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We will open the book. Its pages are blank. We are going to put words on them ourselves. The book is called opportunity and its first chapter is New Year's Day.
— Edith Lovejoy Pierce

Year's end is neither an end nor a beginning but a going on.
— Hal Borland

Burning the Old Year
by Naomi Shihab Nye

Letters swallow themselves in seconds.   
Notes friends tied to the doorknob,   
transparent scarlet paper,
sizzle like moth wings,
marry the air.

So much of any year is flammable,   
lists of vegetables, partial poems.   
Orange swirling flame of days,   
so little is a stone.

Where there was something and suddenly isn’t,   
an absence shouts, celebrates, leaves a space.   
I begin again with the smallest numbers.

Quick dance, shuffle of losses and leaves,   
only the things I didn’t do   
crackle after the blazing dies.

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In upcoming weeks, I’m expanding The Cottage to include a monthly book club, interviews with other authors in religion and spirituality, “Ask Me Anything” days, and previews of my next book (Freeing Jesus — to be released on March 30). This will also include an option to support The Cottage financially. But rest assured — there will still be free posts and inspirational quotes on faith, politics, culture, and spirituality. I’ll be sharing more information about what’s coming in 2021 — and how you can connect with the additional offerings and content — in the next three weeks.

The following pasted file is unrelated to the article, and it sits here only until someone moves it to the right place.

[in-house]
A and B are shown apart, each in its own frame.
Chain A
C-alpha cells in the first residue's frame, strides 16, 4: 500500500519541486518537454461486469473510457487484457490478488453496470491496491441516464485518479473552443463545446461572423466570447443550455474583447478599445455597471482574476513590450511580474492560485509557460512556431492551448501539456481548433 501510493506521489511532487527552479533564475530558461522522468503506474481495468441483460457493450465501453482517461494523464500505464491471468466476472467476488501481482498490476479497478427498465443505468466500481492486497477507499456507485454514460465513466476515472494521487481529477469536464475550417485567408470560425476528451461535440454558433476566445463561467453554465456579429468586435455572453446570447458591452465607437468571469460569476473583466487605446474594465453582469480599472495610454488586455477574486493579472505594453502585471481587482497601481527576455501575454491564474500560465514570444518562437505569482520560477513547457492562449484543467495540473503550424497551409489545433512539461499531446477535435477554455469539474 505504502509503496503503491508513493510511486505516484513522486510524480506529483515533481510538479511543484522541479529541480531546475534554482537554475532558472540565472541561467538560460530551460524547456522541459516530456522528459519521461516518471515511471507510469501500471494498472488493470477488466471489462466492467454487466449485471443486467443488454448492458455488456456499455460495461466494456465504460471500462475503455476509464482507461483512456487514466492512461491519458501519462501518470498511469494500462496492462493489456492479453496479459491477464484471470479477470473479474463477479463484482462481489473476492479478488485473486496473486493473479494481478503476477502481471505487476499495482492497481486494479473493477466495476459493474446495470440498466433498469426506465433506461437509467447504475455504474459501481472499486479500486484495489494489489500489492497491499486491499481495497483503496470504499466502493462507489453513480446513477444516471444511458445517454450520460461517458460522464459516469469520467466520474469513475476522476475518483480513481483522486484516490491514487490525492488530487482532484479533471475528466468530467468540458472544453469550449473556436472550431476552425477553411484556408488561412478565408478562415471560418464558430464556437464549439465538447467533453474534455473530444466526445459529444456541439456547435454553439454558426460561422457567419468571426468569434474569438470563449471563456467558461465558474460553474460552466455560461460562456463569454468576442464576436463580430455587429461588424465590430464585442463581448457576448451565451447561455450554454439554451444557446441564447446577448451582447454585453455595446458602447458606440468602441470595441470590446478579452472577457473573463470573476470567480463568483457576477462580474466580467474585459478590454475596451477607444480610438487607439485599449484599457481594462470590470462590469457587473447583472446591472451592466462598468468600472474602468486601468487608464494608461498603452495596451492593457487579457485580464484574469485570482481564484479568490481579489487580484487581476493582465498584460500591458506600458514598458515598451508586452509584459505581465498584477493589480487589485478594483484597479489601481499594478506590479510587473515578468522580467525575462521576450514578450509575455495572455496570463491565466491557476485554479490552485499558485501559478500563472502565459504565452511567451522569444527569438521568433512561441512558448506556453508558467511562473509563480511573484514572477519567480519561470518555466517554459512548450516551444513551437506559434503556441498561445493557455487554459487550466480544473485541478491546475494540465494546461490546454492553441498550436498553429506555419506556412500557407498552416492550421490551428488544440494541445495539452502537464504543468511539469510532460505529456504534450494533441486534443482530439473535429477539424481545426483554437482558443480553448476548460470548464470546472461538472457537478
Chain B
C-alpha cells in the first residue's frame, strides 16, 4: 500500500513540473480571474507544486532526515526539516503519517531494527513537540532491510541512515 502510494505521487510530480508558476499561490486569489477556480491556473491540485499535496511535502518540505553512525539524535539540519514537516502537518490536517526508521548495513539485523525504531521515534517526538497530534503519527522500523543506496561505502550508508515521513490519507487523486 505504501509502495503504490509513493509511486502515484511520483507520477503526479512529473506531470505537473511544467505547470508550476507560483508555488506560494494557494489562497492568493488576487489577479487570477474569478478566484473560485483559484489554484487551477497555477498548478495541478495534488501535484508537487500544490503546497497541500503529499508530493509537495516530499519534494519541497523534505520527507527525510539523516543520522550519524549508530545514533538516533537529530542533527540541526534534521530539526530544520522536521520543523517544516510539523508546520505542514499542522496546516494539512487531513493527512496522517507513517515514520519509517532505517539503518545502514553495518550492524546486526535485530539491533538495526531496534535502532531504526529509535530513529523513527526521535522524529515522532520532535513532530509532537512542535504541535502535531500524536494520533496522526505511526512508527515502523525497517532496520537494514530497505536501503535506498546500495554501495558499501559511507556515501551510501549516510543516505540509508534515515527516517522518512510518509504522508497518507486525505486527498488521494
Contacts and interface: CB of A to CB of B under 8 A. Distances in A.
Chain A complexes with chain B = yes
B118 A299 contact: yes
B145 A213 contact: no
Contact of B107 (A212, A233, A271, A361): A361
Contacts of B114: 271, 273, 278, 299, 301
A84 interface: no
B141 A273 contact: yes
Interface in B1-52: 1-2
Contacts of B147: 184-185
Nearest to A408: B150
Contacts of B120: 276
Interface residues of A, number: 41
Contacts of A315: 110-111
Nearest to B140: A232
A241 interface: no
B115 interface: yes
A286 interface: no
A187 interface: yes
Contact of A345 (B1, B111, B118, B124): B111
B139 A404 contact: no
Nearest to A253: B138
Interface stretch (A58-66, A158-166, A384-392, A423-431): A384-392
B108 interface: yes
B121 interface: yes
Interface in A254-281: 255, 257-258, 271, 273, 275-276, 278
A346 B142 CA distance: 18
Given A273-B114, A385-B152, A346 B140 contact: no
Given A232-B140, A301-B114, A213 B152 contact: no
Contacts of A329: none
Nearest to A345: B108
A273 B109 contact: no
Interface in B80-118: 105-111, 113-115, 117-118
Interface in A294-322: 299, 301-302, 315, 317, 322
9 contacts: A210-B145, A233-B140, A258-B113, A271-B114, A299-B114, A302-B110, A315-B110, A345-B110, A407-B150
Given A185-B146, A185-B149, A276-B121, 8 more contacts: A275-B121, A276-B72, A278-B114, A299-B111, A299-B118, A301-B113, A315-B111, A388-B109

Please invite your friends to join us in the new year.

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To start the year right, I invite you to strengthen your practice of gratitude. My video course Being Grateful in Difficult Times is now available at a discount of 21% during January 2021.

There are lectures based on my book Grateful, mini-practice sessions, and inspiriting interviews with other authors, musicians, and activists sharing their passion for gratitude.

You can preview and register for the course here. Enter code: JAN21 at checkout for discount.

You can find all the previous issues of The Cottage online — to reread, use in sermons or essays, or share with your friends.